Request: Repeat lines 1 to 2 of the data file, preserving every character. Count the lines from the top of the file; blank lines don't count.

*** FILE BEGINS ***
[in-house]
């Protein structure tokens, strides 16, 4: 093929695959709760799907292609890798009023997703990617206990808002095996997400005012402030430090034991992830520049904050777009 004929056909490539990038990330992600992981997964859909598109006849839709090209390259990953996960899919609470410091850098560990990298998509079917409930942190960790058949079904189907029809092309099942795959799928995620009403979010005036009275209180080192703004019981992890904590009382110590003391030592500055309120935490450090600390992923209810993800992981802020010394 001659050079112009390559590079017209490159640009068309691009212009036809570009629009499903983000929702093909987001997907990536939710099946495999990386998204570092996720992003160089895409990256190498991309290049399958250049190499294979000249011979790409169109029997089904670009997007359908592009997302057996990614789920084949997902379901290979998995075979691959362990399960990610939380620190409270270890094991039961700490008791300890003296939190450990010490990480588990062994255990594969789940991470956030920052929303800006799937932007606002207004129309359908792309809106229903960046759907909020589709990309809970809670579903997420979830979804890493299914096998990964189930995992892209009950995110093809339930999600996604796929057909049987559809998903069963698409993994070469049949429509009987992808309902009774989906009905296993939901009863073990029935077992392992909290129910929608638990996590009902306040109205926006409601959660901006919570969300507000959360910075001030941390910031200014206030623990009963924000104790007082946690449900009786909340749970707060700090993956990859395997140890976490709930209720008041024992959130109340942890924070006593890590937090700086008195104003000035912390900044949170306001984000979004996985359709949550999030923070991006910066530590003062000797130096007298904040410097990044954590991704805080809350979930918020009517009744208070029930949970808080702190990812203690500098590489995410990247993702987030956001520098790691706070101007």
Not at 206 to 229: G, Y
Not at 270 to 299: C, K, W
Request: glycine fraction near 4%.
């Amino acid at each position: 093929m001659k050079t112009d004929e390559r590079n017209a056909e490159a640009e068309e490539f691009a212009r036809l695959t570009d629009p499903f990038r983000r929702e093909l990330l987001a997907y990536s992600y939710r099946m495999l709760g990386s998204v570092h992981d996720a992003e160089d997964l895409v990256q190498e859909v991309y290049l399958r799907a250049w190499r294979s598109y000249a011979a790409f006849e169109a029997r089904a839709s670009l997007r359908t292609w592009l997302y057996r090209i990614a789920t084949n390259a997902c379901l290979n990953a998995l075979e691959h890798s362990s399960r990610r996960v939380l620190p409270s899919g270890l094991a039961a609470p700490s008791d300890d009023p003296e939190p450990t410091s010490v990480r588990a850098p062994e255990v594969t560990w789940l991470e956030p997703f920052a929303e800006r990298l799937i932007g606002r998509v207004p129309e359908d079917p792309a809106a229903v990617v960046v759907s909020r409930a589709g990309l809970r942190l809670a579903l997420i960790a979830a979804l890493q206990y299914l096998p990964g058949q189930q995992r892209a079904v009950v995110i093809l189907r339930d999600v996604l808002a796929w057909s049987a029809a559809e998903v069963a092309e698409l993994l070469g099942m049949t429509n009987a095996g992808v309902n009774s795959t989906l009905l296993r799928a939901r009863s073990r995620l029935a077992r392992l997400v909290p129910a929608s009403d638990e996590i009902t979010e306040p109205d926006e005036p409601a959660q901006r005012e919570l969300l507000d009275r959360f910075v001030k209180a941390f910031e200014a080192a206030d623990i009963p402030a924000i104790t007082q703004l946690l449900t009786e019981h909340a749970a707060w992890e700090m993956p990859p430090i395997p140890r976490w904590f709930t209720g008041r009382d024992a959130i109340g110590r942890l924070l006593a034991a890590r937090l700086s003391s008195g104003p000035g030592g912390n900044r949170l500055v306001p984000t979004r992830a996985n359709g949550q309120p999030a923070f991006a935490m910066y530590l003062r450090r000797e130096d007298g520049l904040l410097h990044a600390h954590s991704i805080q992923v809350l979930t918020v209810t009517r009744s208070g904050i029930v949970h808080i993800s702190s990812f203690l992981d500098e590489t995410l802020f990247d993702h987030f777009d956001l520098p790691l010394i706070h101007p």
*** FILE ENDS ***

[in-house]
């Protein structure tokens, strides 16, 4: 093929695959709760799907292609890798009023997703990617206990808002095996997400005012402030430090034991992830520049904050777009 004929056909490539990038990330992600992981997964859909598109006849839709090209390259990953996960899919609470410091850098560990990298998509079917409930942190960790058949079904189907029809092309099942795959799928995620009403979010005036009275209180080192703004019981992890904590009382110590003391030592500055309120935490450090600390992923209810993800992981802020010394 001659050079112009390559590079017209490159640009068309691009212009036809570009629009499903983000929702093909987001997907990536939710099946495999990386998204570092996720992003160089895409990256190498991309290049399958250049190499294979000249011979790409169109029997089904670009997007359908592009997302057996990614789920084949997902379901290979998995075979691959362990399960990610939380620190409270270890094991039961700490008791300890003296939190450990010490990480588990062994255990594969789940991470956030920052929303800006799937932007606002207004129309359908792309809106229903960046759907909020589709990309809970809670579903997420979830979804890493299914096998990964189930995992892209009950995110093809339930999600996604796929057909049987559809998903069963698409993994070469049949429509009987992808309902009774989906009905296993939901009863073990029935077992392992909290129910929608638990996590009902306040109205926006409601959660901006919570969300507000959360910075001030941390910031200014206030623990009963924000104790007082946690449900009786909340749970707060700090993956990859395997140890976490709930209720008041024992959130109340942890924070006593890590937090700086008195104003000035912390900044949170306001984000979004996985359709949550999030923070991006910066530590003062000797130096007298904040410097990044954590991704805080809350979930918020009517009744208070029930949970808080702190990812203690500098590489995410990247993702987030956001520098790691706070101007």